My little girl’s school assembly inspired me to get my business started
7 min read
22 June 2016
Inspiration can be found in a wide variety of places – indeed, the shower is often said to be one of them. But for entrepreneur Toby McCartney, he found the motivation he needed to develop a problem-solving business when attending his young daughter’s school assembly.
McCartney is the founder of MacRebur – a company that aims to clean up the environment with a venture that does good while making a profit simultaneously. With a patented process, the business is able to recycle waste plastics, converting them into tarmac to construct new roads.
With sales to the government on the agenda, McCartney will also be doing his best to pitch the business to idol Richard Branson on Tueday 28 June, showcasing his venture to the Virgin boss and a judging panel at the £1m VOOM competition finale from Virgin Media Business.
Location: Lockerbie, Scotland
Founding year: 2016
Sector and company description: MacRebur, The Plastic Roads Company, is an innovative business which uses a patented method and recipe to produce new road asphalt out of waste plastic.
(1) What was your inspiration for launching the business?
I decided to take matters into my own hands and solve the pothole problem we have in UK. I also wanted to clean up the plastic waste we have around the world.
I remember attending my little girl’s school assembly on ‘things that live in the ocean’. The kids were asked the question ‘What lives in the ocean?’ Some of the kids put their hand up and said ‘sharks’ and ‘whales’ and ‘turtles’, but when my little girl was asked she said ‘plastic’.
The teacher laughed and told her that ‘plastic doesn’t live in the ocean’. But my little girl was right – she has seen more plastic in the ocean than she’s seen sharks, whales or turtles. I want to change that in her future. I don’t want her growing up in a world where there is more plastic in our oceans than wildlife.
The inspiration behind my business is to see the world’s problems as potential solutions to other problems. I want to use up the millions of tonnes of waste plastics sent to landfill sites and dumped onto our oceans every year, and reduce the costly maintenance bills our councils face on our roads with the ever increasing number of potholes.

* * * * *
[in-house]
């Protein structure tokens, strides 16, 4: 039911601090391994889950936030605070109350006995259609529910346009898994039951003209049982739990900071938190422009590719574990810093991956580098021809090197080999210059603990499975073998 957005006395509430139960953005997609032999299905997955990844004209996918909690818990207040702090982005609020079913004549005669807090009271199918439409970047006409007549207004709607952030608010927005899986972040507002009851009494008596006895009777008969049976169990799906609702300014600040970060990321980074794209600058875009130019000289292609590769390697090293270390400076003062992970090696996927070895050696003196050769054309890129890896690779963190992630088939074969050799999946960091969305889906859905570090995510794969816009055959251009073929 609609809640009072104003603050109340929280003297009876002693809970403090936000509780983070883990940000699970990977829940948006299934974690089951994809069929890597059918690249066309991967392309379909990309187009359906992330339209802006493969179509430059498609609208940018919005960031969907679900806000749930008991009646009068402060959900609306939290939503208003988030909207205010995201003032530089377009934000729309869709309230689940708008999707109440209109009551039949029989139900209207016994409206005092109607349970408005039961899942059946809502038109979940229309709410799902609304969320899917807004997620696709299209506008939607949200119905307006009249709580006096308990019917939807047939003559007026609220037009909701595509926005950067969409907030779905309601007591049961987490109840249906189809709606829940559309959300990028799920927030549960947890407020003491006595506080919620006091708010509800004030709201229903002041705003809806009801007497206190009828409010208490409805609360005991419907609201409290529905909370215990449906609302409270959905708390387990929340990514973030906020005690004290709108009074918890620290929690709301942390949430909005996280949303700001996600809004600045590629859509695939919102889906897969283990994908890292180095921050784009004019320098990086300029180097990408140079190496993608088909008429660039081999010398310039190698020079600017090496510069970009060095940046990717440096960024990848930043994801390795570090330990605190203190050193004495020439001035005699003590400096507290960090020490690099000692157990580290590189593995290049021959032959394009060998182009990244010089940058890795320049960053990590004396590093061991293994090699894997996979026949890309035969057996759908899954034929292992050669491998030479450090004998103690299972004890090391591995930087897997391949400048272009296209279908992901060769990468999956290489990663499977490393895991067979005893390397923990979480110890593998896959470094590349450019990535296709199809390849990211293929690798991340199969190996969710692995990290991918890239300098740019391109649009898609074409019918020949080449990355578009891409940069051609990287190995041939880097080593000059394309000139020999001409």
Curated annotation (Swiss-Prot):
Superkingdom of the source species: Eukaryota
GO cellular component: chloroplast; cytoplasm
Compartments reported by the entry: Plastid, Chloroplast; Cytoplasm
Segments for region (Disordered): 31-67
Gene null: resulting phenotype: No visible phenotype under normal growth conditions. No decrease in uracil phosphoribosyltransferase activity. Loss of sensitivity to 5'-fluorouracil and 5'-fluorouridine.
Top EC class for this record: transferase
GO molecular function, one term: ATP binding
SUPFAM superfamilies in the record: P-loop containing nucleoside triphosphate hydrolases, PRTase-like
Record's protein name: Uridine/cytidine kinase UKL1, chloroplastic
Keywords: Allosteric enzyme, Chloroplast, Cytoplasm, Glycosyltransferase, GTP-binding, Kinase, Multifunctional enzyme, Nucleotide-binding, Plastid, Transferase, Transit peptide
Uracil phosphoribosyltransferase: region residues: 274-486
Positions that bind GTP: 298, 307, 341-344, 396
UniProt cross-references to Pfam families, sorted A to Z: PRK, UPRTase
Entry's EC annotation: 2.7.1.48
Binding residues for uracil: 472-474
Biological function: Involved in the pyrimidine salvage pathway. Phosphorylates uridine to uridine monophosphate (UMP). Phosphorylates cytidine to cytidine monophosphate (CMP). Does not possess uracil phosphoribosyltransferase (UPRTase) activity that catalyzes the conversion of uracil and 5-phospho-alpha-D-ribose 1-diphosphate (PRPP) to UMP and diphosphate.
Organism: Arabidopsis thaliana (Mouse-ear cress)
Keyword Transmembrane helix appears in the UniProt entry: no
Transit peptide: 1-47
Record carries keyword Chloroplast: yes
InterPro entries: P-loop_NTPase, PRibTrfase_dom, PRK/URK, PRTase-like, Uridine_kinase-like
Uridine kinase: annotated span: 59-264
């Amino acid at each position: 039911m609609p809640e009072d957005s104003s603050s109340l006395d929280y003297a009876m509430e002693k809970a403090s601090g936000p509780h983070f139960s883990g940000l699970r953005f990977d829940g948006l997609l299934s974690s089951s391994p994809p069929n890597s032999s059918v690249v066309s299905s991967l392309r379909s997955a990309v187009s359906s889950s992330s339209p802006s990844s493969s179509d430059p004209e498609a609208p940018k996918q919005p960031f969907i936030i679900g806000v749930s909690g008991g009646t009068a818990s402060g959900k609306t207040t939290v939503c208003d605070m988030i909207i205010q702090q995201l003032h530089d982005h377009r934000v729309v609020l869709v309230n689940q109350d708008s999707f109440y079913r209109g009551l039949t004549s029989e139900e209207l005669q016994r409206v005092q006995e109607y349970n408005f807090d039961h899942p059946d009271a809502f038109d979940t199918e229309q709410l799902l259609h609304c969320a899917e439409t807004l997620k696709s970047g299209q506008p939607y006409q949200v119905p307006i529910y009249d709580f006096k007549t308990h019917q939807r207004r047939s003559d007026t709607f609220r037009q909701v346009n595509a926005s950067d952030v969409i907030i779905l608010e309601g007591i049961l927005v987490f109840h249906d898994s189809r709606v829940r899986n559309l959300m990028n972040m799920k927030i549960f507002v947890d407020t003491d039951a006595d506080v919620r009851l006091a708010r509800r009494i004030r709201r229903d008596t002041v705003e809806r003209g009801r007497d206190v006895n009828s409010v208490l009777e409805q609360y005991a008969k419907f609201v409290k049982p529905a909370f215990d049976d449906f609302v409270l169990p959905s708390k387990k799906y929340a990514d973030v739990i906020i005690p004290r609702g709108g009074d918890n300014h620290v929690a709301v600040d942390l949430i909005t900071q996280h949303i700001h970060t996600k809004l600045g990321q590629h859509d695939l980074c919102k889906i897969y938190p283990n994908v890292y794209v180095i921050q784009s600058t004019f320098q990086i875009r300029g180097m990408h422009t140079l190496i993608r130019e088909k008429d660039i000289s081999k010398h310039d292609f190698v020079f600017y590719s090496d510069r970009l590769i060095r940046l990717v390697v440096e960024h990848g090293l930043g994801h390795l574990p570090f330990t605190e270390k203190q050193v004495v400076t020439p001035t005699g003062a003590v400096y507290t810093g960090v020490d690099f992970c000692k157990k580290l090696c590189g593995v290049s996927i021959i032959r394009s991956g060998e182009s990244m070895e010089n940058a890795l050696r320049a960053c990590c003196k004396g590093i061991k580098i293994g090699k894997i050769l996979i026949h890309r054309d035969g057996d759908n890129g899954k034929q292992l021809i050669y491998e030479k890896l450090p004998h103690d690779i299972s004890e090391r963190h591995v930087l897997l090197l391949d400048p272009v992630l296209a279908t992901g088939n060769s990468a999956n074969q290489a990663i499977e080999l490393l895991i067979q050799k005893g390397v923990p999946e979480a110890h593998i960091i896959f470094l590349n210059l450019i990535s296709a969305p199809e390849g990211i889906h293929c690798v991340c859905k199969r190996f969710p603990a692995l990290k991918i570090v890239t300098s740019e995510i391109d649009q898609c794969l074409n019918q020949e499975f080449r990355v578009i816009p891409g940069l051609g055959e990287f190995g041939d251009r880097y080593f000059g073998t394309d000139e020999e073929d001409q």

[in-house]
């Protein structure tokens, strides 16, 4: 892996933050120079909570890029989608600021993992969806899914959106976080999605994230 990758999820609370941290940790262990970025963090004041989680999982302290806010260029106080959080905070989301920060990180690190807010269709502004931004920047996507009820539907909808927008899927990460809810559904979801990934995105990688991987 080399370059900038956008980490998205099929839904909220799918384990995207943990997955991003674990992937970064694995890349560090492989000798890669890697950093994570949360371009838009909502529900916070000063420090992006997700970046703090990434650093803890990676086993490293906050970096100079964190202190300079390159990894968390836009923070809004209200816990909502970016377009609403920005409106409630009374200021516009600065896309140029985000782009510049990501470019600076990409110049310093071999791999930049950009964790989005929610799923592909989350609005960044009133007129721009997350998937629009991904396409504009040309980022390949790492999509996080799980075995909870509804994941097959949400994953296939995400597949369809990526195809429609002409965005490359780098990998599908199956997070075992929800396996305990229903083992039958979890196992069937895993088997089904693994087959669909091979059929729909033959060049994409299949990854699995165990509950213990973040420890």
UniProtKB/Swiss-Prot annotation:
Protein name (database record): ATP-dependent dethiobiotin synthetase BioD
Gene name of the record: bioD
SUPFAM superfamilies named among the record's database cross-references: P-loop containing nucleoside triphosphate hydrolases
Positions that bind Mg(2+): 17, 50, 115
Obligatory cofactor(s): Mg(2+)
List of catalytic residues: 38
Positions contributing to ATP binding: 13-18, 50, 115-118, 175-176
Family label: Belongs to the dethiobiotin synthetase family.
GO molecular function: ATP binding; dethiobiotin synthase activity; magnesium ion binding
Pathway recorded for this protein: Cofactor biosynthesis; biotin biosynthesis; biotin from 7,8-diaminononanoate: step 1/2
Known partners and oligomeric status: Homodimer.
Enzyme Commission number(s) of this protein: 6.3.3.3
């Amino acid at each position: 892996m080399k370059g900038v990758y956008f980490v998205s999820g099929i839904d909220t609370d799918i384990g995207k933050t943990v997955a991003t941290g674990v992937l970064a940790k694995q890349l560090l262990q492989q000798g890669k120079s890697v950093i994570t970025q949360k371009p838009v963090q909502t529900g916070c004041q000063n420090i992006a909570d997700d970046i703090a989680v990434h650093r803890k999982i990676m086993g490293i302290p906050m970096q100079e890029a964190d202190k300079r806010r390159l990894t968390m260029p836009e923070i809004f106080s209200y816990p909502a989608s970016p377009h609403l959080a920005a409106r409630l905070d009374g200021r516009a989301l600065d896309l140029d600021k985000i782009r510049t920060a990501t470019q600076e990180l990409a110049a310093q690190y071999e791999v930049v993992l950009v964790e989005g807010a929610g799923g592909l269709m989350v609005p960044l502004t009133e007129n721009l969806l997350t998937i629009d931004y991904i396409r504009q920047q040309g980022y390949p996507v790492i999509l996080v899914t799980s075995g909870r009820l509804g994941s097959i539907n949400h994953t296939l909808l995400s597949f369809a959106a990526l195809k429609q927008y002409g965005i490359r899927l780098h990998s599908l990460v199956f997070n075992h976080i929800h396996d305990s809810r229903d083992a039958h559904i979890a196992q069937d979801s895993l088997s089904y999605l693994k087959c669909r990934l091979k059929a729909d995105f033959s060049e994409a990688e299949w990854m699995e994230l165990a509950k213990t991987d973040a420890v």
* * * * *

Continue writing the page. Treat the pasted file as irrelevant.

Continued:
(2) Who are your target customers?
We sell our longer lasting, stronger, cheaper road materials to councils, government and into the private sector.
(3) What prompted you to take part in VOOM this year?
Sir Richard Branson and the Virgin Media Business team inspire me. A good friend of mine sent me the link saying ‘This is the competition for you…’. I remember watching the competition last year and wondered whether we would be good enough to compete.
(4) How did you find the Pitchathon, and what did you do to prepare?
To prepare I wanted to make my three- minute pitch as memorable as possible. I practiced over and over again to keep within the three-minute slot. It was intense.
(5) Prior to that, what was your experience of pitching?
I’ve never pitched as a business before so it was a new experience for me.
Read more from VOOM 2016:
- Oomph should be used with caution, says SB.TV founder Jamal Edwards
- 29-hour pitching frenzy results in Guinness World Record for Virgin Media Business
- What do you get when you mix a supermodel, underwear expert and a YouTuber? Richard Branson recruits
(6) What did you learn from the event?
I’ve learned so much. In fact, that’s been one of the best bits for me – the learning. I’ve learned a great deal about my business and myself, all of which are invaluable for the future of my company.
(7) Why do you think you got through to the semi-finals?
I really believe in our businesses and I think the judges could see that in me and the passion I have for the success of MacRebur. As the business grows, so too does the impact we can make environmentally and socially. It would be hard not to like such a win win.
(8) What went through your head when you were told you had made it to the grand final?
I cried. I have followed Sir Richard Branson for most of my life after writing to him 30 years ago when I was just nine. I dug out the letter he wrote back to me and haven’t stopped saying “I can’t believe it, I can’t believe it.” For me this is such a huge opportunity to create a legacy for my kids and I can’t stop thinking about that.
(9) You’re going to pitch to Richard Branson – what will you do to ensure you impress him and the other judges to win?
I’m going to do what I believe he might do – be myself. I’m going to show him and the other judges how passionate I am to win.
(10) Should you be victorious, what’s the big ambition for the company over the next year and then five years?
Next year will see us roll our model out to all local councils, while building and training an impressive sales and marketing team. In five years I will see MacRebur in an international market.